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Published:16 July 2013

Ketogenic diet affects bone growth in children with epilepsy

Epilepsy treatment with the ketogenic diet for more than six months slowed the long-term skeletal development of 29 children who took part in a study. Children who went on the diet lagged behind children who had normal bone growth, said Dr Mark Mackay at the 30th International Epilepsy Congress in Montreal.

In an interview with Clinical Endocrinology News, Dr Mackay of the Royal Children’s Hospital in Melbourne, Australia, said: 'Put simply, they accrue bone mass at a slower rate than their age-matched peers.'

Children in Dr Mackay’s study were treated with the ketogenic diet for more than six months during 2002-2009. They were an average of six years old when they started the diet, and they followed it for an average of six years.

Risks of ketogenic diet

The findings highlight the risks of a ketogenic diet, which relies on fat metabolism to induce ketoacidosis. A neutral pH is necessary to mobilise calcium from bone, Dr. Mackay said.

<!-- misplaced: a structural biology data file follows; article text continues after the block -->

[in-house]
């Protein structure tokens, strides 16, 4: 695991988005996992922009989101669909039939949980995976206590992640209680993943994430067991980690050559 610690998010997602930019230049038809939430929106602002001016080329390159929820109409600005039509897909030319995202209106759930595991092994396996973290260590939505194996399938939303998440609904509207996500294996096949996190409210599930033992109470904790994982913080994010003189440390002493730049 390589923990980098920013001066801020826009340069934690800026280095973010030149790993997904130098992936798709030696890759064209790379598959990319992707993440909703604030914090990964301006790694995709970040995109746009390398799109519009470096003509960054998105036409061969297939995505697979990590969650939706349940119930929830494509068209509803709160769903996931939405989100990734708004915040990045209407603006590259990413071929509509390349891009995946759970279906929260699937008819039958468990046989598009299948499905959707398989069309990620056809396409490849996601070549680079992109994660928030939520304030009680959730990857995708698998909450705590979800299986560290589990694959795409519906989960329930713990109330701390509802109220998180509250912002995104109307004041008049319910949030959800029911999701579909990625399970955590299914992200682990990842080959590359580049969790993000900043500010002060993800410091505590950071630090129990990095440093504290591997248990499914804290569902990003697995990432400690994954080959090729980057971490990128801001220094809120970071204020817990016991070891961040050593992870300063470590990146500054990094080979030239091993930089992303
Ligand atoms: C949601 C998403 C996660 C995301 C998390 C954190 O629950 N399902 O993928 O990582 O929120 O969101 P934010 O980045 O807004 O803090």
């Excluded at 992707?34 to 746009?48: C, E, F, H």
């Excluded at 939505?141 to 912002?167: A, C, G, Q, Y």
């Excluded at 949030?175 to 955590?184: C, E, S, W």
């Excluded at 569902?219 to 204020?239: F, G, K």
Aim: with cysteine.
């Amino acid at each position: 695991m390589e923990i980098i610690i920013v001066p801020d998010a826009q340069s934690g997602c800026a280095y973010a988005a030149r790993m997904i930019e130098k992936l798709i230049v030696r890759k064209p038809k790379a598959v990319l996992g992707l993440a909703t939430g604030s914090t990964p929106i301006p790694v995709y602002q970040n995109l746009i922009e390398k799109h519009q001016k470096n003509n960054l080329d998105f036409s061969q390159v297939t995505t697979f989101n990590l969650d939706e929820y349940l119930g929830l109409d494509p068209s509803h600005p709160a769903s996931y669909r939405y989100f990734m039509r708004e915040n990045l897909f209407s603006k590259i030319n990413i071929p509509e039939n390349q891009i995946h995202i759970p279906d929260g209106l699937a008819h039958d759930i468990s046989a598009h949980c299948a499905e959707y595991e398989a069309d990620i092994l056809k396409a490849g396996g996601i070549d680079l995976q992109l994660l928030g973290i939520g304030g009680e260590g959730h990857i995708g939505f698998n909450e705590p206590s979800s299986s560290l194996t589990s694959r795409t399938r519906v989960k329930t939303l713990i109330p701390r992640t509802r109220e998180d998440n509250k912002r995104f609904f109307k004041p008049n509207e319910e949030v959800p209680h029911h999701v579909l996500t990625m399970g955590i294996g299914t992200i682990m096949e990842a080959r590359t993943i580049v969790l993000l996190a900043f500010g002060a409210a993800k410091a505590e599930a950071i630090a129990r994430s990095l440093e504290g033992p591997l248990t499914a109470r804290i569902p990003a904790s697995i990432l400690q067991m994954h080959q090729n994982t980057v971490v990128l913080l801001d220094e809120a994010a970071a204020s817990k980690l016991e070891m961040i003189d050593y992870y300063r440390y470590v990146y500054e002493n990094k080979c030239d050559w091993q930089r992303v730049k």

Children who are on the diet are also at risk for deficiencies in micronutrients important for health, including vitamin D and calcium. The timing of diet initiation also plays an important role, he said.

'Childhood and adolescence are critical periods for the normal accrual of bone mass. The bone that is laid down needs to last that person for the rest of their life. Therefore any intervention that affects accrual of bone can have long-lasting health consequences for the child.'

Making an informed decision about treatment

While the ketogenic diet is a very effective treatment for some seizure disorders, it’s not risk free, he added. 'Some parents see the ketogenic diet as a "natural" alternative to medications, which it is not. Therefore it is important to be improving our knowledge about potential serious long-term side effects so parents can make an informed decision about treatment.'

The findings should prompt more study of the diet’s potential long-term impact on skeletal health, Dr Mackay said. 'These will inform development of guidelines for bone surveillance in this high-risk group of predominantly children to minimise potential negative health consequences of the ketogenic diet.'